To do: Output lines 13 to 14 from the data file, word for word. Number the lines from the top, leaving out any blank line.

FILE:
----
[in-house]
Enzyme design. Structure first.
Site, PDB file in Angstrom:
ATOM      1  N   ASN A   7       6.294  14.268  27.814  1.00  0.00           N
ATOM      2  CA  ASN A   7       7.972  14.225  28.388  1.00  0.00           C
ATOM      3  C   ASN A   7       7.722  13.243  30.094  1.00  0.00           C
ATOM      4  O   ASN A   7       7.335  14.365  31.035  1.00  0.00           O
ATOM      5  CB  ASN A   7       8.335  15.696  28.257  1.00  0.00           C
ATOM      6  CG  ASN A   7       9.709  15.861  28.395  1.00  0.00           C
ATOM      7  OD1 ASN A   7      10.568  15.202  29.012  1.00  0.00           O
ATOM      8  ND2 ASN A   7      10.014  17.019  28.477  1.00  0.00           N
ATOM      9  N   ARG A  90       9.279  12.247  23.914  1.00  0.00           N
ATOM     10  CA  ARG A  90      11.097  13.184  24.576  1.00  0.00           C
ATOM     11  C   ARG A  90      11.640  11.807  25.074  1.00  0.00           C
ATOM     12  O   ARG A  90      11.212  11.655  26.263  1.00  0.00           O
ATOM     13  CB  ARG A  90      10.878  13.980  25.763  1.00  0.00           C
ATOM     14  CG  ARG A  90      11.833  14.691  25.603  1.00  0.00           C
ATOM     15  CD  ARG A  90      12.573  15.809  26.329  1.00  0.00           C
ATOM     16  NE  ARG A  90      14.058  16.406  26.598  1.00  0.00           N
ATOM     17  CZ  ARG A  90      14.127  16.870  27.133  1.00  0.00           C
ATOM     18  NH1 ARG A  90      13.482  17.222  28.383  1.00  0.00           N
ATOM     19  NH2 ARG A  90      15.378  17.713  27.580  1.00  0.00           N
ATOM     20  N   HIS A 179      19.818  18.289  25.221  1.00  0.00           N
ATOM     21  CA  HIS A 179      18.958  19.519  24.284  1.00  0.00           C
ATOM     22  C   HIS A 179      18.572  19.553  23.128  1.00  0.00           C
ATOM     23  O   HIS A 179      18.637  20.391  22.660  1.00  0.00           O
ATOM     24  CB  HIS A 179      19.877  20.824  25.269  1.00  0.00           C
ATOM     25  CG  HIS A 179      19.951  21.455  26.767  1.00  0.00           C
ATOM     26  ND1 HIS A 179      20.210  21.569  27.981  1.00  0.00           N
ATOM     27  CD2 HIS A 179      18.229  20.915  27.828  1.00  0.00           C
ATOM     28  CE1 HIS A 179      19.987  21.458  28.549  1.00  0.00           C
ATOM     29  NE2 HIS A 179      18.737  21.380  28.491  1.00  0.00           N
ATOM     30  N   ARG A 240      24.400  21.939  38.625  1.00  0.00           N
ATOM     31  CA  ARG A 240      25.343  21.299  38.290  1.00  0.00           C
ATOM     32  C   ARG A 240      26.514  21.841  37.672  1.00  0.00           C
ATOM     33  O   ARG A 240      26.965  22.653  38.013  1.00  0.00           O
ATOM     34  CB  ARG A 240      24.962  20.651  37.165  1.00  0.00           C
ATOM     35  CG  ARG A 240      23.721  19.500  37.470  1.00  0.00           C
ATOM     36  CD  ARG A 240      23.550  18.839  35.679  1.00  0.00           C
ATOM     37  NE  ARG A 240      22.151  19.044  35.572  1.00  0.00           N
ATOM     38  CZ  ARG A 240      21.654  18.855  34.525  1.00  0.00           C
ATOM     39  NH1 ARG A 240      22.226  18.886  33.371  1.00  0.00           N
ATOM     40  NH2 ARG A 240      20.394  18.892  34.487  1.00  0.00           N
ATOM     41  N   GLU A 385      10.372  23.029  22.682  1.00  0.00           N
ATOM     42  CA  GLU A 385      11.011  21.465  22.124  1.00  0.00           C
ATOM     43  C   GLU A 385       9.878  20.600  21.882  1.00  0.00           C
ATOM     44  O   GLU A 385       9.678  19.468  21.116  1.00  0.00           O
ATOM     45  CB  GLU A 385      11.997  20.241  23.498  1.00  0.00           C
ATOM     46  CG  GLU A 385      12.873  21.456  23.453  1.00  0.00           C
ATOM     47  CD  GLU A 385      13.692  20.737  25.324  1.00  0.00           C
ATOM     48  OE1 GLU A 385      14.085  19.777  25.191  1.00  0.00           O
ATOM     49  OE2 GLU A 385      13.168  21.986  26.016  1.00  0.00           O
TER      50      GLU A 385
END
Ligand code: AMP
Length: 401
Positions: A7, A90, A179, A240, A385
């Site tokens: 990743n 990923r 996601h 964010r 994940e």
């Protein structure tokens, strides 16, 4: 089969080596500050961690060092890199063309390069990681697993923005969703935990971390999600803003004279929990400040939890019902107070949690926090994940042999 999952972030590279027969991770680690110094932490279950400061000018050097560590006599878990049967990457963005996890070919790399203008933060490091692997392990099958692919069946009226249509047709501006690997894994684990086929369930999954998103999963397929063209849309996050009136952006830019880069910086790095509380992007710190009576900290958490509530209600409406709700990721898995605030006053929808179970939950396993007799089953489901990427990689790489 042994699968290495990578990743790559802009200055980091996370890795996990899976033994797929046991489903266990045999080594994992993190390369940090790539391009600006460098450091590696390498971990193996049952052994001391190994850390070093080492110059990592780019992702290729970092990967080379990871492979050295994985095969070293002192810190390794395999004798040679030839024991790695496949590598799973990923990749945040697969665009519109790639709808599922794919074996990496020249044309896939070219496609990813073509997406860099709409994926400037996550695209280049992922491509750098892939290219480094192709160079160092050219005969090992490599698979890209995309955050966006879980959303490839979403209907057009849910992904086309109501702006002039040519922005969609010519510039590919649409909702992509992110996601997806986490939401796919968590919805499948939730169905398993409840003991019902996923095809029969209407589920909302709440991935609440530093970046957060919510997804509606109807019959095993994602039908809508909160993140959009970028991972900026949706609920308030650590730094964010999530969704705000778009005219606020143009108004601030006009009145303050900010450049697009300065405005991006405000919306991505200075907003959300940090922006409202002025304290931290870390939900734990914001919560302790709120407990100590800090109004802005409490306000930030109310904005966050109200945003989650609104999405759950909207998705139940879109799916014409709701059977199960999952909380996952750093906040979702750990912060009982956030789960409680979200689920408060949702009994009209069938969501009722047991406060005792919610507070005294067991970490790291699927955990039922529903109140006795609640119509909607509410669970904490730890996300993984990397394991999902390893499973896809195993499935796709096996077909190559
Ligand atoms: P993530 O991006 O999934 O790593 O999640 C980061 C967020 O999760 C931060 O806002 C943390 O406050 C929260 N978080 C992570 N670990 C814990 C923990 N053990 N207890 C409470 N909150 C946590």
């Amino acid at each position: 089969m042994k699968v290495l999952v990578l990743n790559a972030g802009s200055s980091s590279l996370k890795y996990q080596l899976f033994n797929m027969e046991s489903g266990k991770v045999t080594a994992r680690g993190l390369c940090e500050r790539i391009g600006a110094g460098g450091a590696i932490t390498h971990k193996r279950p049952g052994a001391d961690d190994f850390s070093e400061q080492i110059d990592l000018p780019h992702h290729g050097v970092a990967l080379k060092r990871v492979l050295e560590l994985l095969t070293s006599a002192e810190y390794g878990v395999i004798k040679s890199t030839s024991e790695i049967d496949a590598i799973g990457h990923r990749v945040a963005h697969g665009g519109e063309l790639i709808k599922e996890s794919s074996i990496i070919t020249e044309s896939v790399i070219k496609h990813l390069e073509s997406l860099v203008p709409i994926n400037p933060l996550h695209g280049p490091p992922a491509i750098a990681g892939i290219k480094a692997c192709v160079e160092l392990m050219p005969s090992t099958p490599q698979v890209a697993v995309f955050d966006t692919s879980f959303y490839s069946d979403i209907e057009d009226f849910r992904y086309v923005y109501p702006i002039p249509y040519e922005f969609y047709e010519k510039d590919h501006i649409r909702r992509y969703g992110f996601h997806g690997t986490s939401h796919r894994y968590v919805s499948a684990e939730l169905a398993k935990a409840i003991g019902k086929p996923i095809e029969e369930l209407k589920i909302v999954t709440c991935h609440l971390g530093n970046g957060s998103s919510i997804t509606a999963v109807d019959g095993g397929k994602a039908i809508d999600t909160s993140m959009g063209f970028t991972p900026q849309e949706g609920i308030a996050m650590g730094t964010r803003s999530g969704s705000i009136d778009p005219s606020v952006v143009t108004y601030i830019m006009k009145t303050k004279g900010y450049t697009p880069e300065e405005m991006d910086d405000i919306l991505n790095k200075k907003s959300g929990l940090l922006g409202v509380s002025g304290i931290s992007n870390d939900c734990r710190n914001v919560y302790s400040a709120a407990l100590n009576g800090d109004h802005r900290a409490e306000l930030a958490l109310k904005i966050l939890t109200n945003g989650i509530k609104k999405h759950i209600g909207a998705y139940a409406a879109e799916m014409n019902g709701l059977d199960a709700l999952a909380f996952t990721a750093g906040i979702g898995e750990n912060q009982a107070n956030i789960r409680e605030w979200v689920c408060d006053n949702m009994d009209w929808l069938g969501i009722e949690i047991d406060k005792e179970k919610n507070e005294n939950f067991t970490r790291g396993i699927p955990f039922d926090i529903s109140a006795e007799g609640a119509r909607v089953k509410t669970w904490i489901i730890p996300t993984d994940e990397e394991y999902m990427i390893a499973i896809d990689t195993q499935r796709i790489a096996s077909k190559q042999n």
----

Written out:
ATOM     10  CA  ARG A  90      11.097  13.184  24.576  1.00  0.00           C
ATOM     11  C   ARG A  90      11.640  11.807  25.074  1.00  0.00           C